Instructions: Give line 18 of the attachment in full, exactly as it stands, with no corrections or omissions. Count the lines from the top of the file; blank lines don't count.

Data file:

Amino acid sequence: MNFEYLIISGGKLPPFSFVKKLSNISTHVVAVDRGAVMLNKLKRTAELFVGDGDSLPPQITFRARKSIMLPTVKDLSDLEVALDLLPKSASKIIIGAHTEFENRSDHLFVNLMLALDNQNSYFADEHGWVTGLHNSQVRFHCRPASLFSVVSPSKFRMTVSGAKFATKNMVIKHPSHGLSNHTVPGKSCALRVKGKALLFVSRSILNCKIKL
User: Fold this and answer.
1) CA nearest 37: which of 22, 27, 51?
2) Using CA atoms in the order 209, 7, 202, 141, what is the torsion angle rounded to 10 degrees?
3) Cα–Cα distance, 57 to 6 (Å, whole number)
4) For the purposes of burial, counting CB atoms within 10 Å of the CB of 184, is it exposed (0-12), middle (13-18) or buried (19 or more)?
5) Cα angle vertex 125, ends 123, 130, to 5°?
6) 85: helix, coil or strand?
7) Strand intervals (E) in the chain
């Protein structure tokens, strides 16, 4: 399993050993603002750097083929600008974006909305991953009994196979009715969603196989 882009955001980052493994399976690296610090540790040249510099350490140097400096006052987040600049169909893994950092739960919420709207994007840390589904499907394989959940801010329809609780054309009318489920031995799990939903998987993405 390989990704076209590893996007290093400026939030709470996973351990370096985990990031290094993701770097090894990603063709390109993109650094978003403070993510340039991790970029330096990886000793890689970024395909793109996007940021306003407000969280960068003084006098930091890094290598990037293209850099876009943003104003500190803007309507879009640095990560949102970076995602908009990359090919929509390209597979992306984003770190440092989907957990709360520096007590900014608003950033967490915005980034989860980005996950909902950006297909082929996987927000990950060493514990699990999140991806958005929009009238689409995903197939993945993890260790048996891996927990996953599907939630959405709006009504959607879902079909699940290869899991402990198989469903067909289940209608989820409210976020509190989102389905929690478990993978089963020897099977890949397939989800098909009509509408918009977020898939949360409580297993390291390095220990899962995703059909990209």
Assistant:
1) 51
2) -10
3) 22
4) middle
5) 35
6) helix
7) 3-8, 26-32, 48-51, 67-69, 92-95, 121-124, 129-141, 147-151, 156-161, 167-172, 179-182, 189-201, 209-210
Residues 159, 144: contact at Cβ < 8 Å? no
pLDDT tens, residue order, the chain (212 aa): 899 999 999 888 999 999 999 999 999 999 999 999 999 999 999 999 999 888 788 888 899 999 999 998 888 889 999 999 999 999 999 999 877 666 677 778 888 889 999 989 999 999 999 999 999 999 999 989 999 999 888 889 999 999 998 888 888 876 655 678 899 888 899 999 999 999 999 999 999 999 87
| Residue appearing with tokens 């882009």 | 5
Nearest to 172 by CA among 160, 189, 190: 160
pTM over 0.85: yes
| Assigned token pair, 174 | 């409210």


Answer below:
7) 3-8, 26-32, 48-51, 67-69, 92-95, 121-124, 129-141, 147-151, 156-161, 167-172, 179-182, 189-201, 209-210